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PFAS contamination lawyer

One of the more concerning areas of litigation in recent years involves substances dubbed “forever chemicals.” Forever chemicals have this name because they last thousands of years in the environment, and they are very tenacious. With more than 9,000 variants in this large family of chemicals, PFAS exposure and contamination have become the epicenter of countless lawsuits, as even small doses of these chemicals can significantly increase one’s risk of very serious health problems. If you are a victim of PFAS contamination, we strongly recommend that you work with an experienced attorney to file a PFAS lawsuit. 

At Reich & Binstock, our toxic tort lawyers have extensive experience handling cases involving water contamination, groundwater contamination, soil contamination, and much more. When filing PFAS lawsuits, it is imperative to work with an attorney who has toxic tort knowledge and experience. Our law firm has handled many toxic tort cases, including those involving the contamination of military bases, toxic firefighting foam, and much more. To schedule your free case evaluation with us, please call our personal injury attorneys at 713-622-7271 today.

PFAS Water Contamination Lawsuit

Potentially millions of families have ingested drinking water contaminated with toxic chemicals such as PFAS. PFAS are perfluoroalkyl and polyfluoroalkyl substances that take thousands of years to degrade. This earns them the nickname “forever chemicals.” Although there are thousands of different types of PFAS, two of the most known are perfluorooctane sulfonate (PFOS) and perfluorooctanoic acid (PFOA). Toxic PFAS chemicals have been widely used for a variety of industrial uses in recent years. Some of these uses include aqueous film forming foam (AFFF), which firefighters use to combat chemical fires.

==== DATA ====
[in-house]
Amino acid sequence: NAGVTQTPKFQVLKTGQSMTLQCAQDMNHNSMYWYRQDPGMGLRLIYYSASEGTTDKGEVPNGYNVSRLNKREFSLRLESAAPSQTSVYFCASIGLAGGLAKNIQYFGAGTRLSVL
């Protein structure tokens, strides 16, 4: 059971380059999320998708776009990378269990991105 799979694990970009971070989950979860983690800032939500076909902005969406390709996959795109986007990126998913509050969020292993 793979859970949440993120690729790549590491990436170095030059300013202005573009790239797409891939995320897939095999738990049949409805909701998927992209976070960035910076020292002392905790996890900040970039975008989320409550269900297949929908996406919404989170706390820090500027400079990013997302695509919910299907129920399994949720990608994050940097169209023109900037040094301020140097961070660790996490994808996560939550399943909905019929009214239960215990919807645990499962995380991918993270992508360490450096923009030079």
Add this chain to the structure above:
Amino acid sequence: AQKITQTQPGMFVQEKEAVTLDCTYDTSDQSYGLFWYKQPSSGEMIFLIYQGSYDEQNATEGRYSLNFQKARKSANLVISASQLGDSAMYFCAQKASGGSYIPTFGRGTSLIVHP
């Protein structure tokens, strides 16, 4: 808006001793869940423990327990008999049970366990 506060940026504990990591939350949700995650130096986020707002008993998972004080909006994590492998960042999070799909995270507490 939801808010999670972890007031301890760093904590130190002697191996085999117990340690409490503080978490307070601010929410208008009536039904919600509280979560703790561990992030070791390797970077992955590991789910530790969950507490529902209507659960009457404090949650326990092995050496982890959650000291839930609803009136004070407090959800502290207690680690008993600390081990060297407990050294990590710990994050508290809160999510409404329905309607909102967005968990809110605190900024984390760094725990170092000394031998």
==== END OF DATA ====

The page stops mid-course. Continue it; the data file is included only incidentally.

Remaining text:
Because so many products across the nation include PFAS chemicals, PFAS contamination is widespread. Contamination is a particularly serious issue when it comes to contaminated water and groundwater. When people are exposed to this contaminated water, PFAS exposure has been linked to serious health risks, including an increased risk of cancer and other adverse health effects. If you or your family has been exposed to PFAS, you may be eligible for financial compensation.

What Are PFAS?

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The Environmental Protection Agency defines PFAS as “widely used, long-lasting chemicals, components of which break down very slowly over time.” The use of PFAS chemicals is so widespread that people, animals, foods, and soils all over the world have been found to have PFAS present. Thousands of PFAS chemicals are used in countless different products, including consumer products, industrial chemicals, and commercial products. This is part of the reason why these dangerous man-made chemicals are so difficult to study – they’re everywhere.